Library notes: Children can become literate in more than one way
By Erika Kosin
Rowan Public Library
When libraries talk about literacy, they usually refer to the ability to read or to “information literacy,” which is the ability to find, interpret and use information.
Webster’s Unabridged Dictionary, second edition, defines “literacy” as “the quality or state of being literate especially the ability to read and write; possession of education; person’s knowledge of a particular subject or field.”
In order to be “literate” in any discipline, one must start with the basics. For example, one must learn to count before he or she can add, and one must learn the alphabet before he or she can read.
There are many ways to promote literacy skills in children, not just teaching reading and writing, but also teaching colors and counting.
Libraries try to provide the basic skills of information literacy to children through various programs and events. Some libraries across the country are even offering programs that include board games or video game programs for children and especially for teens.
People may not have realized that when they played board games as a child, they were learning and reinforcing the basic skills necessary for literacy. They were learning to recognize numbers and add by rolling the dice. They were learning how to manage money and develop the art of reasoning and negotiation while playing Monopoly. Knowledge of colors and numbers were being reinforced by playing games like Chutes and Ladders or Candy Land. Board games also allow children to socially interact with other children or members of their own family in a fun, productive way.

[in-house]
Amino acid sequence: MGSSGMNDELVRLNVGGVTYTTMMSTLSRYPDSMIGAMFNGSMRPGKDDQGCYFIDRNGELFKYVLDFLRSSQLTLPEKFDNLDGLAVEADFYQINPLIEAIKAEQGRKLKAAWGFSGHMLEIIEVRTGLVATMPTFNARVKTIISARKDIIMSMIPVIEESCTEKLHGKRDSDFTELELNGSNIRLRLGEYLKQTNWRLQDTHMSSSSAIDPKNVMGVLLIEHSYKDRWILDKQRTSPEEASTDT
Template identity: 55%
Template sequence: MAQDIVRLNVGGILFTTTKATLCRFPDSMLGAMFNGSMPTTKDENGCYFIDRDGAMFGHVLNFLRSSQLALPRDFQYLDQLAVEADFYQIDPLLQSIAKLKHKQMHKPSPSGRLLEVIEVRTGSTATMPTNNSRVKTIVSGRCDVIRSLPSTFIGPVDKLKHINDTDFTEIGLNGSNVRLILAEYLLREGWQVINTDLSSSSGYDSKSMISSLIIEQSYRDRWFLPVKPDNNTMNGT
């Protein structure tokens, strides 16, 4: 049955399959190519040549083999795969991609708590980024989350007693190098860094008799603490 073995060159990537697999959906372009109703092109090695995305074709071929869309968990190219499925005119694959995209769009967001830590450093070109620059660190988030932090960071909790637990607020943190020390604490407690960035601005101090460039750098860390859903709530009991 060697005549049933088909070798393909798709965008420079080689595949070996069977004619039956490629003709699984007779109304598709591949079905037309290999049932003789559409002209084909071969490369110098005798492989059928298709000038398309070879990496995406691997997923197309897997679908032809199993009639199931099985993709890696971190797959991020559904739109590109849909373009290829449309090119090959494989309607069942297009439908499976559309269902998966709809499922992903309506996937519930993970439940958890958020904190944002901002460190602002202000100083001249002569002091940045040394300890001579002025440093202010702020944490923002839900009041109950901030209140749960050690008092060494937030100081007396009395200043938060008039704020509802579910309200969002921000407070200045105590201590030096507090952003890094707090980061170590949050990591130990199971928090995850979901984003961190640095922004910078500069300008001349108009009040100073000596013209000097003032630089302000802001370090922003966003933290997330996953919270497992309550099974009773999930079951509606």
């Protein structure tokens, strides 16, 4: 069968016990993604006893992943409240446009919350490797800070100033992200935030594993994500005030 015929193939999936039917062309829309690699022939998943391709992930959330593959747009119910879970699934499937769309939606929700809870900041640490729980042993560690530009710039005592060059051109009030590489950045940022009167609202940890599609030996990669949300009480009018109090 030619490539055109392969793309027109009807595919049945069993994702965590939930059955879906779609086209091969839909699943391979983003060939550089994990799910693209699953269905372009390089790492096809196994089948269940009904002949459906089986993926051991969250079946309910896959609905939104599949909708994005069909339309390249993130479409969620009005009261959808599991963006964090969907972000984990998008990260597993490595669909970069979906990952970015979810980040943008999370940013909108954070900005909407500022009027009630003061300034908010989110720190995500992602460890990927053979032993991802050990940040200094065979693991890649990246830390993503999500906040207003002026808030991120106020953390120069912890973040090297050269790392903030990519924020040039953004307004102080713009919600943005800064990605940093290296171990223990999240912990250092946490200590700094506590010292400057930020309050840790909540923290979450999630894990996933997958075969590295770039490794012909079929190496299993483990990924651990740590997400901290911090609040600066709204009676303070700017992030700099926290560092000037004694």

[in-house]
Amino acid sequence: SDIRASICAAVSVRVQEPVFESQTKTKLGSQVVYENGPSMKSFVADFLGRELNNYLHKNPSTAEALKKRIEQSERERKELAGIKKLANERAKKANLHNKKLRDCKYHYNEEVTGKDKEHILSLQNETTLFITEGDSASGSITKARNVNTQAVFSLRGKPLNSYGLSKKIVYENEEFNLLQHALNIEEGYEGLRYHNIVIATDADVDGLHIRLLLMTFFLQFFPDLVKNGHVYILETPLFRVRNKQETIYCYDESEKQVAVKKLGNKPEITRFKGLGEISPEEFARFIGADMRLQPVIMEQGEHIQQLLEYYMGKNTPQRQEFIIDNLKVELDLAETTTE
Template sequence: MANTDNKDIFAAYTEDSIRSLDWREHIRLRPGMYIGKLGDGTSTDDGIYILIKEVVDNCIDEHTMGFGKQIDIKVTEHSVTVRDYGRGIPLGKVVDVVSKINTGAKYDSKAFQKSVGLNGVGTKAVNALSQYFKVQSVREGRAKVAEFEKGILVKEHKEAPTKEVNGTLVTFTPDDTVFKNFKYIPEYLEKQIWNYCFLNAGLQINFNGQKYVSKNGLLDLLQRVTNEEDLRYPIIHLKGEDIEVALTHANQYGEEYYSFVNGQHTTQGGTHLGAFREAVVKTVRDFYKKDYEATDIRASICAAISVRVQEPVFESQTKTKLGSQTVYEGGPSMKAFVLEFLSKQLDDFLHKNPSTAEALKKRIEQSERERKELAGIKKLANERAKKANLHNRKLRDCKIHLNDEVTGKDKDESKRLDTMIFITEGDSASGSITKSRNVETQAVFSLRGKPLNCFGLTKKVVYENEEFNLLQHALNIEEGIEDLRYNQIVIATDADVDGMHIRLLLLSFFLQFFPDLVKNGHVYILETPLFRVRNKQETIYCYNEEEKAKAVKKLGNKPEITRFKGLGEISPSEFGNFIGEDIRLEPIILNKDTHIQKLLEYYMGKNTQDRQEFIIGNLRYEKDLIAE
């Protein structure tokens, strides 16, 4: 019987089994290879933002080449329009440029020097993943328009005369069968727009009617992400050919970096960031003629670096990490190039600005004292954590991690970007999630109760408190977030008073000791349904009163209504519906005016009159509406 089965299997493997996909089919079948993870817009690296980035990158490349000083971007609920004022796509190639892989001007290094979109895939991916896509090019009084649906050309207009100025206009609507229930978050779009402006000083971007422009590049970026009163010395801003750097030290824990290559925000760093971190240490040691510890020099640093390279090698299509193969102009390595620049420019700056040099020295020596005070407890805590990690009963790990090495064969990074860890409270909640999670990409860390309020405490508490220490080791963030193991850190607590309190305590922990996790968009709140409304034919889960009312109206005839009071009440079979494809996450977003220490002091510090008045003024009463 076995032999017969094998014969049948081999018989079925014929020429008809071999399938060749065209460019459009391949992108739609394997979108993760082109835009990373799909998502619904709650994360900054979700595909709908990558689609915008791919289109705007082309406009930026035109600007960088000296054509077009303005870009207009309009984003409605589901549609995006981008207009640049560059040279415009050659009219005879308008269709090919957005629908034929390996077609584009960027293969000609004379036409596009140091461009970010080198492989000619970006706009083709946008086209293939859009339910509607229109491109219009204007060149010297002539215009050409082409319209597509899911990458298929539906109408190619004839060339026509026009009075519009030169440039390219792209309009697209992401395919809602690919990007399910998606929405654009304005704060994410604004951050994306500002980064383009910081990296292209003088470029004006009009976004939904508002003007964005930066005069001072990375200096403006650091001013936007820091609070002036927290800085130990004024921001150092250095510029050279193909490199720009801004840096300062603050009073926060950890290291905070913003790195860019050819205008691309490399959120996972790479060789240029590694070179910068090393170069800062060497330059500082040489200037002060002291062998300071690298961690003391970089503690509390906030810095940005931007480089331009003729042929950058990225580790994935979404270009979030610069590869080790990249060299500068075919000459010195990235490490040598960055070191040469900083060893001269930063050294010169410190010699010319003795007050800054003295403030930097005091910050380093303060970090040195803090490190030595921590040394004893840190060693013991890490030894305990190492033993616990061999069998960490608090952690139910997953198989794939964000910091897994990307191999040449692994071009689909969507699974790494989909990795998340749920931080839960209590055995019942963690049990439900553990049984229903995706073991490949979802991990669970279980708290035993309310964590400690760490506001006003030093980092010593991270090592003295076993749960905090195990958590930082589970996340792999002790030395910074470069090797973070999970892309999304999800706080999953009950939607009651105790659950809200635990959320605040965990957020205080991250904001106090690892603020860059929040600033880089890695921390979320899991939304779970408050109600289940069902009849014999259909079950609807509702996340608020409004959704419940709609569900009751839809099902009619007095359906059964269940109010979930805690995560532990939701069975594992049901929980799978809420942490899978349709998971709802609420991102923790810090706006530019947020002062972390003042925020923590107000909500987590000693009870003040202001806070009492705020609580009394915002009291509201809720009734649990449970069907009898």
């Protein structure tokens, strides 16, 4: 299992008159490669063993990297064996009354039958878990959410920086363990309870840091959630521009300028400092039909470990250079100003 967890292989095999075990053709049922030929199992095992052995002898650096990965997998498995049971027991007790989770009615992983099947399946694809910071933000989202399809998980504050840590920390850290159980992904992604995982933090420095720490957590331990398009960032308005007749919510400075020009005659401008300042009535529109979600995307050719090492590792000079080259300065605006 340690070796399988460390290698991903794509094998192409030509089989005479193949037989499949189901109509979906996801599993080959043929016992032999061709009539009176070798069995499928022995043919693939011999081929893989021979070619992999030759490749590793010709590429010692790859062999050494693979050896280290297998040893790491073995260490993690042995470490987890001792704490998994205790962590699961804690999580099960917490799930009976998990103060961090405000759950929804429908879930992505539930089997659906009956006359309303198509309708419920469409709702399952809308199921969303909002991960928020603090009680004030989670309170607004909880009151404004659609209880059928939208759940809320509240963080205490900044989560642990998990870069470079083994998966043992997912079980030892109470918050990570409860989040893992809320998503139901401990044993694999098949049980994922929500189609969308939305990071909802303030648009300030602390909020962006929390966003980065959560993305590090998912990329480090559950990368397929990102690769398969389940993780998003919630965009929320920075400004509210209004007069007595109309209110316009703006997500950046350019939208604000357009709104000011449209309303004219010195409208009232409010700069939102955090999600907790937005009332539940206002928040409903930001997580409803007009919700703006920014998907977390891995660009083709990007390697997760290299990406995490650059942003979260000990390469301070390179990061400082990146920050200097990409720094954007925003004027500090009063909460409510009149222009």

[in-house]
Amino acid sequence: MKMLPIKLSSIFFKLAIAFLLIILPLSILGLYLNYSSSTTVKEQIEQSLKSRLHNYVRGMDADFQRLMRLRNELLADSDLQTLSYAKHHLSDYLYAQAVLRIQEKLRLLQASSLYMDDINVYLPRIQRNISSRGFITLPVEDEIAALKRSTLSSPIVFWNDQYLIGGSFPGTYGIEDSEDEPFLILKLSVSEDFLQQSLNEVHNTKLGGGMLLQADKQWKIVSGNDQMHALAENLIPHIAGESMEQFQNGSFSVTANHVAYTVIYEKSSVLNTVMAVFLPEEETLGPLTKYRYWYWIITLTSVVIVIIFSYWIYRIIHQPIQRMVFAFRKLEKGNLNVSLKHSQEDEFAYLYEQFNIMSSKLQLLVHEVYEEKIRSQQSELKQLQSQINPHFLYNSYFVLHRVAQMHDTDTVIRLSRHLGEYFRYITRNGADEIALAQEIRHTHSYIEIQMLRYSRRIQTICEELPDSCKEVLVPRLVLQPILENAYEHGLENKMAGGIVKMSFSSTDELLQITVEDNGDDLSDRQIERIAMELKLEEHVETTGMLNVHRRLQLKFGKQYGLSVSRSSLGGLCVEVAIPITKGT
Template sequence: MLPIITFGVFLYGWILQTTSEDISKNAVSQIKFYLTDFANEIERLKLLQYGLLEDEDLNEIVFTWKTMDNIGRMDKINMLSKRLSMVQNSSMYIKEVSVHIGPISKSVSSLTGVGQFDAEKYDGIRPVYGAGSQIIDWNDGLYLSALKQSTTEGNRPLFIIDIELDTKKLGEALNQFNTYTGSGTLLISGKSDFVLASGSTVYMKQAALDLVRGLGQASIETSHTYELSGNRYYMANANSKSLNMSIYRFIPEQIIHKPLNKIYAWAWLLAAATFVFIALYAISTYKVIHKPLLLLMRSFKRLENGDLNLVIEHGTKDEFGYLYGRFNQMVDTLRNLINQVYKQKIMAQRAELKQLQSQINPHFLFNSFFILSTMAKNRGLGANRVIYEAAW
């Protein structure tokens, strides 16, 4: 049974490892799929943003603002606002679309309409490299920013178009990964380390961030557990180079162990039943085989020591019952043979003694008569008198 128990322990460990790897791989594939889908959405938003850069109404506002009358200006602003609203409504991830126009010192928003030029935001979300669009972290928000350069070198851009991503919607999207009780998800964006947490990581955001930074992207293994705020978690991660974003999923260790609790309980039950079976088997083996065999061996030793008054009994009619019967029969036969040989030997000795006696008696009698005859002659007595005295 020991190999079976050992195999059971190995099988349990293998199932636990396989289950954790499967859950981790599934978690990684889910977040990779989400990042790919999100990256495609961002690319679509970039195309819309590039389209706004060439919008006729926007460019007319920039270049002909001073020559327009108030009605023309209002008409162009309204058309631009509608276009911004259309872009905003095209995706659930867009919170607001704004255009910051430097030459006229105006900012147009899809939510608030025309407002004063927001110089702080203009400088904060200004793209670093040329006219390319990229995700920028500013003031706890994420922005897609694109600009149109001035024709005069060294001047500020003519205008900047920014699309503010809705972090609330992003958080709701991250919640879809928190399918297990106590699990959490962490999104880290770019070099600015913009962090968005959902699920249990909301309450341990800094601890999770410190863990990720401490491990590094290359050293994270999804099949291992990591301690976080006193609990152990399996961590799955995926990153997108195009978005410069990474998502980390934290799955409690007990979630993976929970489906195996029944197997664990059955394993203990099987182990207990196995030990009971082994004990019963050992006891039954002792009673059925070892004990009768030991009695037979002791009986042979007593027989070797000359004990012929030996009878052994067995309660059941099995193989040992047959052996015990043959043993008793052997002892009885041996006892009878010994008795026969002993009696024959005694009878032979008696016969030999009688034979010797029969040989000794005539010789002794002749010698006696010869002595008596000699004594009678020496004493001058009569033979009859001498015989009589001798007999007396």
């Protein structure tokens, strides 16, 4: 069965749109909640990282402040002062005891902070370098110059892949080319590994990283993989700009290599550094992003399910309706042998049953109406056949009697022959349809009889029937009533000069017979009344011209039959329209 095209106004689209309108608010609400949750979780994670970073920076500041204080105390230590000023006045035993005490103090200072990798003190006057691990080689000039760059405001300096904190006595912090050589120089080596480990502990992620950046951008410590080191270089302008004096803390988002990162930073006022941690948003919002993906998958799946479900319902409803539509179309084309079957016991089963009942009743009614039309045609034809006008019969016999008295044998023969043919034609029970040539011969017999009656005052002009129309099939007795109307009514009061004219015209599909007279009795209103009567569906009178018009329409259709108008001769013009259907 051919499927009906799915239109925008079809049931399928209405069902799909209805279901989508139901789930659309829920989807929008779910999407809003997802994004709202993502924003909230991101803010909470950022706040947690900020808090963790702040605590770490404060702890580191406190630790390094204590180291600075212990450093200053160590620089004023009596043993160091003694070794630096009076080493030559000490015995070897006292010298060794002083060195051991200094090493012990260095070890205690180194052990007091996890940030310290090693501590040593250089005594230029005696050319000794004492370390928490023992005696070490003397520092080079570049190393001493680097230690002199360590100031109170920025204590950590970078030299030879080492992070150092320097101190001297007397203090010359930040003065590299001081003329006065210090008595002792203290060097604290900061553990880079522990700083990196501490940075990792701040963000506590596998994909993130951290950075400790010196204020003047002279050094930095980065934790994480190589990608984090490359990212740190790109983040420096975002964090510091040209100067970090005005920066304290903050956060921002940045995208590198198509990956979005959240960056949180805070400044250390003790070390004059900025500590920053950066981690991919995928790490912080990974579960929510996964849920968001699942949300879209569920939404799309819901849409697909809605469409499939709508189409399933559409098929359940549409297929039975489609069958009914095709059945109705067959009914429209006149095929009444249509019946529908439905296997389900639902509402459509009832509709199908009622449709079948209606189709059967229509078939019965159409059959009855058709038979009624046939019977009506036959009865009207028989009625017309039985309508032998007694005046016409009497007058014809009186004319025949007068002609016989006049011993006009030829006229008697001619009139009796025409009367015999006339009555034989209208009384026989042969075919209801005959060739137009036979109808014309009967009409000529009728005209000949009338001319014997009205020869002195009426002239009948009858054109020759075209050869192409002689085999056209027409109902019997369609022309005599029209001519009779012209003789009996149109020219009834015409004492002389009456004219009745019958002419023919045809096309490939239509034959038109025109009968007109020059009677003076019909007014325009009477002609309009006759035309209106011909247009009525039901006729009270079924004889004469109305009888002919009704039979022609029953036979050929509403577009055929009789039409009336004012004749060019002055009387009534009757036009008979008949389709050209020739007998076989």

Games like Risk helped teach basic military strategies while reinforcing knowledge of geography. Chess and checkers help children develop the ability to think and try to anticipate their opponent’s thoughts.
Many adults can find the benefits of playing some of these board games with children in the beginning stages of learning, but how do these games compare to their computer counterparts? What can the benefit be to playing video games such as Guitar Hero or Final Fantasy?
Well, some of these games contain a lot of reading. Players have to follow the instructions and interpret the clues if they want to advance to the next level. Some kids even go as far as finding books with cheat codes so they can advance to further aspects of the game more quickly. Games like Guitar Hero and Rock Band help develop hand- eye coordination as it reinforces colors, counting and rhythms, all skills needed for the basics of literacy in many fields and disciplines.
While games do provide benefits for children in developing their literacy skills, moderation is always a good rule of thumb. Too much of anything could be detrimental but a healthy balance of board games, video games, reading and outdoor play can help develop well-rounded children who are on their way to becoming a part of a literate society. It also provides an opportunity for families and friends to spend some quality time together.Computer classes: Classes are free. Sessions are 90 minutes long. Class size is limited and on a first-come, first-served basis. Dates and times are subject to change without notice.
Headquarters ó Monday, 7 p.m., Excel: Beyond the Basics; Thursday, 2:30 p.m., Safe Internet Surfing.
Tuesday Night at the Movies: All movies are at 6:30 p.m. All movies are rated G, PG or PG 13; some movies are inappropriate for younger audiences. Children should be accompanied by an adult. Free popcorn and lemonade.
Recent releases will be featured in August.
Tuesday, “Push” with Dakota Fleming; Aug. 25, “Slumdog Millionaire,” rated R. No one under 18 admitted without parent.
Displays: Headquarters ó wood art by Howard Reinhardt and N.C. Rowan County Anime Group by Robert Allen; South ó lunch box collection by Sharon Ross. East ó wood artist Stephen Martin.Literacy: Call the Rowan County Literacy Council at 704-216-8266 for more information on teaching or receiving literacy tutoring for English speakers or for those for whom English is a second language.